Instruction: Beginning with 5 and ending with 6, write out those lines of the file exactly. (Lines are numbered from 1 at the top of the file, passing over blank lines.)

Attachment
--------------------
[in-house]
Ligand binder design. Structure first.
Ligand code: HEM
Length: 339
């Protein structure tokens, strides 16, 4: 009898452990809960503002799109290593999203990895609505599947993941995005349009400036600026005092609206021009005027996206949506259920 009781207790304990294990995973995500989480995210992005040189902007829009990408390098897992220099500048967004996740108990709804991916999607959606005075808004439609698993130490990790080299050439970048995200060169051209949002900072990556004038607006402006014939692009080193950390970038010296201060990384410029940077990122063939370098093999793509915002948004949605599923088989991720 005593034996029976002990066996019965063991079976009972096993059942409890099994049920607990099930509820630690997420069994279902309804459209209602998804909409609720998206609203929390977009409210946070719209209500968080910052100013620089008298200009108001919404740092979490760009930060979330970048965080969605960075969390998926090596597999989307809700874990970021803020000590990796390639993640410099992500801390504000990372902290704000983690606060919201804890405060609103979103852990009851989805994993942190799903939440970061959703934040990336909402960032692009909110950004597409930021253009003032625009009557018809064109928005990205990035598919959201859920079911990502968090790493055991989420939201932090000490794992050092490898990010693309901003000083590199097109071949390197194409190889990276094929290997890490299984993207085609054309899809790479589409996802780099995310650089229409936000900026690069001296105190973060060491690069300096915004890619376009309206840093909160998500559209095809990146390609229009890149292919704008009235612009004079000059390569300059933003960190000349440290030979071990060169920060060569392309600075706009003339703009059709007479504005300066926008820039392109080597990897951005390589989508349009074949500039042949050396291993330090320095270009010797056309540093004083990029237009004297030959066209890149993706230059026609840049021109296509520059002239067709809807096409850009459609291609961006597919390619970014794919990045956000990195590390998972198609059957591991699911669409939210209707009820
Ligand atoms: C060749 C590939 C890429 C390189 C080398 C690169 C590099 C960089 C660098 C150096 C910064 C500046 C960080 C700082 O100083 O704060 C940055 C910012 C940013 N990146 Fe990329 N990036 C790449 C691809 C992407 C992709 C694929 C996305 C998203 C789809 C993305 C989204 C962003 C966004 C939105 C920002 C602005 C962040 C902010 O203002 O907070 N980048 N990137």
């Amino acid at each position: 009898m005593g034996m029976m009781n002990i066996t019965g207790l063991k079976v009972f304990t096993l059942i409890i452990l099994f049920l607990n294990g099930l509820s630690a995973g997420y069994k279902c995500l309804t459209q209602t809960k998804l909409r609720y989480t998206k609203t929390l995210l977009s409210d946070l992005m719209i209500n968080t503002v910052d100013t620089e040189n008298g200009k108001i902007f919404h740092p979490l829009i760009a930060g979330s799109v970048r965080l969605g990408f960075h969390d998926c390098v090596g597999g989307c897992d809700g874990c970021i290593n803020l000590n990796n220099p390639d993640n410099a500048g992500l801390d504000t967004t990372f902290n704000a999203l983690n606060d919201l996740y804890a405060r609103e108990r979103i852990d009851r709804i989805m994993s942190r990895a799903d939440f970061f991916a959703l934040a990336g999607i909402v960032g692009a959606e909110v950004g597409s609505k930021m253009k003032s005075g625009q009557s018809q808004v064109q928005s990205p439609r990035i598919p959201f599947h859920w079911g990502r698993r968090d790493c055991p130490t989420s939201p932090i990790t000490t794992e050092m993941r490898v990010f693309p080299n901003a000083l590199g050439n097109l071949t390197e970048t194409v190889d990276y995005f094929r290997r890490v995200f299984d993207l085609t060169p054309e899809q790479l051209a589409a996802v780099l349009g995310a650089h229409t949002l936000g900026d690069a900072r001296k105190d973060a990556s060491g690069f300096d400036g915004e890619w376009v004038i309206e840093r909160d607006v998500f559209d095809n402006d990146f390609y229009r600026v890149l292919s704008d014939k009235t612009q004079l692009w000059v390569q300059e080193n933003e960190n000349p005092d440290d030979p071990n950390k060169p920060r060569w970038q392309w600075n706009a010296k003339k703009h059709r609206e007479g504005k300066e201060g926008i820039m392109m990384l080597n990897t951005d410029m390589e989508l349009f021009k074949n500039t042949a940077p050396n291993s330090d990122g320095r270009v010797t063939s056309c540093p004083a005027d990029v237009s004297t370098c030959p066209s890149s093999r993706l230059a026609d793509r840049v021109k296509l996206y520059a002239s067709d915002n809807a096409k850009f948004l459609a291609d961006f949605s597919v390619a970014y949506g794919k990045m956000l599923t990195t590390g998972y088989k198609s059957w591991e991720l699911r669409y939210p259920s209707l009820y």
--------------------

């Protein structure tokens, strides 16, 4: 009898452990809960503002799109290593999203990895609505599947993941995005349009400036600026005092609206021009005027996206949506259920 009781207790304990294990995973995500989480995210992005040189902007829009990408390098897992220099500048967004996740108990709804991916999607959606005075808004439609698993130490990790080299050439970048995200060169051209949002900072990556004038607006402006014939692009080193950390970038010296201060990384410029940077990122063939370098093999793509915002948004949605599923088989991720 005593034996029976002990066996019965063991079976009972096993059942409890099994049920607990099930509820630690997420069994279902309804459209209602998804909409609720998206609203929390977009409210946070719209209500968080910052100013620089008298200009108001919404740092979490760009930060979330970048965080969605960075969390998926090596597999989307809700874990970021803020000590990796390639993640410099992500801390504000990372902290704000983690606060919201804890405060609103979103852990009851989805994993942190799903939440970061959703934040990336909402960032692009909110950004597409930021253009003032625009009557018809064109928005990205990035598919959201859920079911990502968090790493055991989420939201932090000490794992050092490898990010693309901003000083590199097109071949390197194409190889990276094929290997890490299984993207085609054309899809790479589409996802780099995310650089229409936000900026690069001296105190973060060491690069300096915004890619376009309206840093909160998500559209095809990146390609229009890149292919704008009235612009004079000059390569300059933003960190000349440290030979071990060169920060060569392309600075706009003339703009059709007479504005300066926008820039392109080597990897951005390589989508349009074949500039042949050396291993330090320095270009010797056309540093004083990029237009004297030959066209890149993706230059026609840049021109296509520059002239067709809807096409850009459609291609961006597919390619970014794919990045956000990195590390998972198609059957591991699911669409939210209707009820
Ligand atoms: C060749 C590939 C890429 C390189 C080398 C690169 C590099 C960089 C660098 C150096 C910064 C500046 C960080 C700082 O100083 O704060 C940055 C910012 C940013 N990146 Fe990329 N990036 C790449 C691809 C992407 C992709 C694929 C996305 C998203 C789809 C993305 C989204 C962003 C966004 C939105 C920002 C602005 C962040 C902010 O203002 O907070 N980048 N990137």